Senator Michael Hough Wants To End Maryland’s Annual Gas Tax Increase

Michael Hough

This year, the tax will increase about 8%.

Annapolis, Md. (NS) – Relief at the gas pump is one issue being discussed by the Maryland General Assembly.

State Senator Michael Hough said work has already been done to provide a 30-day gas tax holiday, but he wants to go another step further.

“The State of Maryland every year automatically increases the gas tax and that’s been in place since Governor Martin O’Malley. When they increased the gas tax in 2013, they added a provision that every year afterwords, it increases with the rate of inflation,” explained Hough.

He said people usually didn’t notice the increase because inflation and gas prices previously were low.

“So what I’d like to see us do rather than another gas tax holiday, which I’m fine if we decide to do that, but what we really need to do, and we must do in my opinion, is stop the automatic gas tax increase. It’s going to take place in July,” said Hough.

The tax on gas is expected to increase by about 8%.

The General Assembly is taking action to help reduce taxes for retirees in the state.

“Right now, the State of Maryland taxes retirement, 401k, Social Security. We treat retirement income very poorly and because of that a lot of seniors choose to move out of the State of Maryland, go to other states. Even our surrounding states like Delaware treat retirement income much better,” said Hough.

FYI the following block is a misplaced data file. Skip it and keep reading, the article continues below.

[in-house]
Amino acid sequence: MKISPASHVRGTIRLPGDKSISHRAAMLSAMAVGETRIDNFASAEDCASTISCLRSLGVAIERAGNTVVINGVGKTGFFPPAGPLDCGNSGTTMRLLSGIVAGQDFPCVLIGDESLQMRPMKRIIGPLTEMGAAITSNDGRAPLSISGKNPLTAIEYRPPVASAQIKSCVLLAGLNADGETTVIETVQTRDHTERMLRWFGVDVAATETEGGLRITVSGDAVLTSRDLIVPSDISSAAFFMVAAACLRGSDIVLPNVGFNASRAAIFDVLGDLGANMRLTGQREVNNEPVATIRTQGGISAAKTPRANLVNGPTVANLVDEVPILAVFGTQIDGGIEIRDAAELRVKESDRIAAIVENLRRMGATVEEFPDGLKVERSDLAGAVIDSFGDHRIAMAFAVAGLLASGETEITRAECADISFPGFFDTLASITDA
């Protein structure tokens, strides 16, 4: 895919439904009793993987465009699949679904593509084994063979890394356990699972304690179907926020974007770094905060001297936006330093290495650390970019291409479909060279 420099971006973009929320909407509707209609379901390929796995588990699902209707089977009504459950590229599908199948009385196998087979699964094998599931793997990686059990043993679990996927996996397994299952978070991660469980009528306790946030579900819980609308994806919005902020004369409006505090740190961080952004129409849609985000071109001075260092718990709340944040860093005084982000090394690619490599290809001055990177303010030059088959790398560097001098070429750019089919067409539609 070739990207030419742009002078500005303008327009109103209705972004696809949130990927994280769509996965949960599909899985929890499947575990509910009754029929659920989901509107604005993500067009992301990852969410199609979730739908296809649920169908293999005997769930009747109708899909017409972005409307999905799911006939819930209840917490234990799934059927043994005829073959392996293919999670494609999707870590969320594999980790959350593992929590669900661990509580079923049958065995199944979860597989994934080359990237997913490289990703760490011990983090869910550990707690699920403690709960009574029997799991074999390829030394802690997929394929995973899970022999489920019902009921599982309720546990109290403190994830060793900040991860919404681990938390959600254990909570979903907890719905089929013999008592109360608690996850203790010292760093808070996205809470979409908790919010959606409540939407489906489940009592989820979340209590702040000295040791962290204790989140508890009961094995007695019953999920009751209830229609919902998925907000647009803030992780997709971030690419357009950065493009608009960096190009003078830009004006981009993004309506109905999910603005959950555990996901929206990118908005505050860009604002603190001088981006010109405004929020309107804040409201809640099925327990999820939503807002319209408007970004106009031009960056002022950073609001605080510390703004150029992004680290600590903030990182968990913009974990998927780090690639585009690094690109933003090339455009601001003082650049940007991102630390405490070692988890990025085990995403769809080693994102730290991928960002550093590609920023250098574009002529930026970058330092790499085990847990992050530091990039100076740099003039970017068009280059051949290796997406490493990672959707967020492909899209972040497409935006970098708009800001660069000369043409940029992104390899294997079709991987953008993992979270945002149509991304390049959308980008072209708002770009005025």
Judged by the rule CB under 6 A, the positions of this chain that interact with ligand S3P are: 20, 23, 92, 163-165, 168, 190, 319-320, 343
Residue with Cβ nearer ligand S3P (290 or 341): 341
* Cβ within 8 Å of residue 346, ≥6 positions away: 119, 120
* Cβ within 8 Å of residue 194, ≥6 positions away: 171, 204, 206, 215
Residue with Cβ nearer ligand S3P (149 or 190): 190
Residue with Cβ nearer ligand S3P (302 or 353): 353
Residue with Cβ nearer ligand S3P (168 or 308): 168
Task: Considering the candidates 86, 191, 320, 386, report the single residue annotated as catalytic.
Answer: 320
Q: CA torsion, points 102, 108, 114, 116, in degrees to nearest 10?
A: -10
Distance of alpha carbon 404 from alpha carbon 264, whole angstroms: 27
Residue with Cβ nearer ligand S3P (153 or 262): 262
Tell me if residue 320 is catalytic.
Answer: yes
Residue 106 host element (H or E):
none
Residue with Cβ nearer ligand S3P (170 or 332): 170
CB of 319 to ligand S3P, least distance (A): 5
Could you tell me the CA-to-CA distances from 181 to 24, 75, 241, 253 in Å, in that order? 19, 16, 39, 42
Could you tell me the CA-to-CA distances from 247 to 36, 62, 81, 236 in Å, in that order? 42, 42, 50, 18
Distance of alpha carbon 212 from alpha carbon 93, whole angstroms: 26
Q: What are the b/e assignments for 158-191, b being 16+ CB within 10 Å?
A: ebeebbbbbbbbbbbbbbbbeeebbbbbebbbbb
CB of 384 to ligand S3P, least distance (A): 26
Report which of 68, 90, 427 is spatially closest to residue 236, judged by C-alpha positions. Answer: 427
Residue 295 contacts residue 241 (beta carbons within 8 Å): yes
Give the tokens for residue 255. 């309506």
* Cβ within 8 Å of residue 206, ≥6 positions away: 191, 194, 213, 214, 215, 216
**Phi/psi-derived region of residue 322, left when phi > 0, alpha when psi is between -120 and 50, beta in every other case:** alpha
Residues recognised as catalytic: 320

He said legislation is being formed to stop the taxation of retirement income.

“So the state put aside in the budget about, $350 million is what’s being discussed, so my guess is that it’s going to begin with, because we haven’t formalized the actual language yet of who’s going to get it, it’s probably going to begin with lower income seniors,” he explained.

He said it is important for seniors who raised their children in Maryland to afford to stay in the state when they retire.

Violent crime is also being addressed.

“The Senate has actually done, and we are sending over to the House, a number of pieces of legislation dealing with crime. For example, dealing with theft of a handgun, making it a felony, legislation that gives prosecutors more tools to go after gun crimes, closing what’s called the “Drug Dealer Loophole,” said Hough.

In Maryland, a felony committed with a firearm is a “violent crime” unless it was while dealing drugs. Hough said he does not know why the law was written that way.

“I am concerned that the House will not act on those, but let’s hope they do because we’ve got crime rates, they are really rising across the state. We see a lot of violence from Baltimore County, even car jackings and thefts and things like that in Montgomery county, and that’ll start to spill over to Frederick County and our region too,” Hough added.

The General Assembly ends on April 11th.